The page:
ANALYSING INTERACTION FROM RADIO-TRACKING DATA: PROGRAMS FOR PCs
Three programs can be downloaded here, for analysis of interaction between concurrently tracked pairs of individuals (DYNAMIC), overlap and concordance in the utilisation distributions of pairs of home-ranges (STATIC), and definitive shifts in the location of a range over periods of weeks or months (DRIFT). For more background information, see:
The programs run on any IBM-compatible computer using MS-DOS. For a Mac version, use Wildtrak.
The programs will write to, and read from, temporary files created on the default drive. The analyses are performed most quickly if the programs are called up from a hard disk, where the data files are also stored.
Data should be contained in ASCII files, one file per animal with co-ordinates in sequential order. Each data line should contain the following variables: time (hrs and minutes or decimal hours), date (with 4 digits for the year), x- and y-co-ordinates (integers), activity (optional). For nocturnal tracking data, remember that the date changes at 00:00 hrs. These variables can be positioned in any order along the line, but they must occupy the same column positions throughout the file. This is because the programs identify the variables on the basis of the columns they occupy. The first time you run one of the programs you will be able to create a separate file of these column positions. This can then be called up on subsequent runs of this or the other programs.
Try running the programs on the sample data (ANIMAL01.TXT and ANIMAL02.TXT with COL.DEF to identify column positions). Just type the name of the program you want to use and then press the enter key ("DRIFT<enter>" etc.). The programs are self-explanatory. When running DRIFT on ANIMAL02.TXT, look at weekly, monthly, or yearly changes in range size and location (and the relation of cumulative fix total to range size) using 5x5m grid-cells with the option of influences and a 15-mins independence interval. When running dynamic on these two sample files, use a time-block of 15 mins and a critical separation distance of 10m.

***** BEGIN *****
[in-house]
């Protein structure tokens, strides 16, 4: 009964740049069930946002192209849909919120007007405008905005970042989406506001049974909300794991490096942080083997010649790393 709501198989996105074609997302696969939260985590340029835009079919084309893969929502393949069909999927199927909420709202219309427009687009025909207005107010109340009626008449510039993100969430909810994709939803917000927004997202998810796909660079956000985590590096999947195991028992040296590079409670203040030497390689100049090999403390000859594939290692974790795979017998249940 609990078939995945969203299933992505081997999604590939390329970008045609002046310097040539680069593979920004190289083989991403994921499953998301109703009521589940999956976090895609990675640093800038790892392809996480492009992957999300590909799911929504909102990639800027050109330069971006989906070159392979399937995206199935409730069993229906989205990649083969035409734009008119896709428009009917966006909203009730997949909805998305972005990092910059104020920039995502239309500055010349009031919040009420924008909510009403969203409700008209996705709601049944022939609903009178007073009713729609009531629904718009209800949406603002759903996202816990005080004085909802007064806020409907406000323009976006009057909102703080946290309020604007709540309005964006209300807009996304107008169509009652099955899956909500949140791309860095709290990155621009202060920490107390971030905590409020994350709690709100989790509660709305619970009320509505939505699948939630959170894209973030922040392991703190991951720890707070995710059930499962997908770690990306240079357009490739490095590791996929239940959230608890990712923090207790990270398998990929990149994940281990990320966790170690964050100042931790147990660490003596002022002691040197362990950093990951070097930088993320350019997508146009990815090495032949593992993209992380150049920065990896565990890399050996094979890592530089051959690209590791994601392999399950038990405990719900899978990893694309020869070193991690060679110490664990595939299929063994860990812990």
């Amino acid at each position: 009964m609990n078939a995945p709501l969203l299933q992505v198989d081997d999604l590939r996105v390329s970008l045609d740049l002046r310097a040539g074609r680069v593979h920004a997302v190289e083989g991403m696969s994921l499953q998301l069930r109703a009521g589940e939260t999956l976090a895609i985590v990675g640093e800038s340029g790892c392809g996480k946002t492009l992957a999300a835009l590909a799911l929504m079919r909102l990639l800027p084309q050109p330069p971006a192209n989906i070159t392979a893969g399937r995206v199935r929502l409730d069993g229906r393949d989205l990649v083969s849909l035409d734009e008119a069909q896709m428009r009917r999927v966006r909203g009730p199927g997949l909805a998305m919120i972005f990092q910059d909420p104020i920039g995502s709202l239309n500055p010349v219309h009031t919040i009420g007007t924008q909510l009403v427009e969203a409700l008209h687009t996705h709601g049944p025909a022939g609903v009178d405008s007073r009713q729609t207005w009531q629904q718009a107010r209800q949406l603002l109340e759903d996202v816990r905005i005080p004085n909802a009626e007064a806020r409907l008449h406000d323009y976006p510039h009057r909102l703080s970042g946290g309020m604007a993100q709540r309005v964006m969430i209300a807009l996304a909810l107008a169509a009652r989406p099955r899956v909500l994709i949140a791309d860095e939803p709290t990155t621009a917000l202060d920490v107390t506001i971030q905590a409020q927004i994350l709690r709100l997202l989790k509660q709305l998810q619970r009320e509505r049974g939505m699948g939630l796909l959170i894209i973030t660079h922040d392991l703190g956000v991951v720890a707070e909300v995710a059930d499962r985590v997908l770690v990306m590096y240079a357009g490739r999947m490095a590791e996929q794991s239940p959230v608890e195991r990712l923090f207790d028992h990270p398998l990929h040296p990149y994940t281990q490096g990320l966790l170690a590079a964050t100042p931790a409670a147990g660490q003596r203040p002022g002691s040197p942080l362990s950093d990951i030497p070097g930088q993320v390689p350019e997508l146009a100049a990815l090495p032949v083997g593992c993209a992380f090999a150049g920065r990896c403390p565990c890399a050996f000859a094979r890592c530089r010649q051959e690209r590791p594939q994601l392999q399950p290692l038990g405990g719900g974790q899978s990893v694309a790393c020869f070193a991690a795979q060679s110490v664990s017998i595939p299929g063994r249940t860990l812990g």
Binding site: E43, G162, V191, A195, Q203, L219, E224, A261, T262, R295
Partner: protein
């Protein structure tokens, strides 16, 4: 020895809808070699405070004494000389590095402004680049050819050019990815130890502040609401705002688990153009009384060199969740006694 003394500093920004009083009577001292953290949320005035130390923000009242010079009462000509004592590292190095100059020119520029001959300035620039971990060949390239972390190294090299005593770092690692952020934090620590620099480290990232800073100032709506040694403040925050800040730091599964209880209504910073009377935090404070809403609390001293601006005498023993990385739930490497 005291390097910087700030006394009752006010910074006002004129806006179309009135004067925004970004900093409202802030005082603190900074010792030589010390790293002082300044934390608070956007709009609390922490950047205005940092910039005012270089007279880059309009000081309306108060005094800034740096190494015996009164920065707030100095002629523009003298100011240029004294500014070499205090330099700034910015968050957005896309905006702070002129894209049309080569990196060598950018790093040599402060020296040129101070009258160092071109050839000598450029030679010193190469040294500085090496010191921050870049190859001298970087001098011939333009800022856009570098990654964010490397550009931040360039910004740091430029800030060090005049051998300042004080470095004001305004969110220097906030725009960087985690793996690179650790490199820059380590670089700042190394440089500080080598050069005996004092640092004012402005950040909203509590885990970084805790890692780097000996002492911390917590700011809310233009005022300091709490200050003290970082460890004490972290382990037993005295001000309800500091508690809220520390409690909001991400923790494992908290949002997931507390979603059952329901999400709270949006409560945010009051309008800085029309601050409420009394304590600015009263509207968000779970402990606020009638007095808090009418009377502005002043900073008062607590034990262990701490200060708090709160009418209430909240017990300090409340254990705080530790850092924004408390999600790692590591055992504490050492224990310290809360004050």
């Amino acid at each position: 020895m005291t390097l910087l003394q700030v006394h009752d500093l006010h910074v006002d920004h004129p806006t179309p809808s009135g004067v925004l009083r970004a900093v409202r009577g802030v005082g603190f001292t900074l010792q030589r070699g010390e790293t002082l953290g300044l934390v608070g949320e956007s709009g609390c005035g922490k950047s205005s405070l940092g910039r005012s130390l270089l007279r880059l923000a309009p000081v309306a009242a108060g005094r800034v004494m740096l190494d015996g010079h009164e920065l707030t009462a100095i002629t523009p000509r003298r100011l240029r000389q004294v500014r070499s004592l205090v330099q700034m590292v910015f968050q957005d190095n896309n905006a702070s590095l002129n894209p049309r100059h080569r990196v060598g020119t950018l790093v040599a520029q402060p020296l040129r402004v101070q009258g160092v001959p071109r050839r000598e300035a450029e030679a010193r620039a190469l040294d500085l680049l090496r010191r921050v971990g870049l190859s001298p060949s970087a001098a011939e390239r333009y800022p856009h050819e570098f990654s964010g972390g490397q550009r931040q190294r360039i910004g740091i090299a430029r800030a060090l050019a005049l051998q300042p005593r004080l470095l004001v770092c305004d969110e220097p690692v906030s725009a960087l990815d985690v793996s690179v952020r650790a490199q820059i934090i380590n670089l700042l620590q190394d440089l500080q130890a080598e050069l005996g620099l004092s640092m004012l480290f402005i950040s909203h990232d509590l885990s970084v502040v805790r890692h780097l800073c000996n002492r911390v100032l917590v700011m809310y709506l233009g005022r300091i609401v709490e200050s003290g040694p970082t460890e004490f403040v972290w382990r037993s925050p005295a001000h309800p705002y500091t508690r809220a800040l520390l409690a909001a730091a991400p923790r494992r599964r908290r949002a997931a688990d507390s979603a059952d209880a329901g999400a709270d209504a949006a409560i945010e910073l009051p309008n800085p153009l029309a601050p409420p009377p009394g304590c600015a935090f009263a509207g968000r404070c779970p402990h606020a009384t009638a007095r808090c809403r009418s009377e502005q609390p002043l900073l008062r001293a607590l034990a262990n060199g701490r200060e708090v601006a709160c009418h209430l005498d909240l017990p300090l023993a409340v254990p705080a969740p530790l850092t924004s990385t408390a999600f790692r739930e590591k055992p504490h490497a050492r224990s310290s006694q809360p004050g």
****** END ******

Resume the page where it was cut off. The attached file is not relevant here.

The programs will ask you to specify an independence interval. If you give 10 mins (say), then the selection will be done for you so that only fixes spaced apart by at least 10 mins are taken (for example, skipping every other fix where you have 5-min intervals between fixes).
The main function of these programs is to help you explore your data and to give numeric values to relationships between individuals that you already know about in a qualitative way.
Beware of apparent dynamic interaction resulting from two animals regularly coming and going at similar times from the same or different sleeping positions. Use only active fixes or data from the middle of the night to get around this problem.
Note also that instantaneous (or nearly so) fixes may be easier to obtain when the pair of individuals are close together than when they are far apart. If so, you could end up with a greater proportion of paired fixes at close separation than is representative of the actual time they spend together, and the extent of positive dynamic interaction will be over-estimated.
The correlation coefficient for static interaction is best used in comparisons between pairs of animals. If you want to compare the concordance in utilisation distributions of a pair to random expectation, then it might be useful to simulate model territories of similar size and overlap but containing random fixes. Several runs of the model data through the static program will give a mean + confidence intervals for the correlation coefficient under the null hypothesis of random utilisation (see for example Taber, A.B. et al. 1994. Mammalia, 58: 61-71; Doncaster, C.P. & Macdonald, D.W. 1997. J. Zool. Lond., 241: 73-87).
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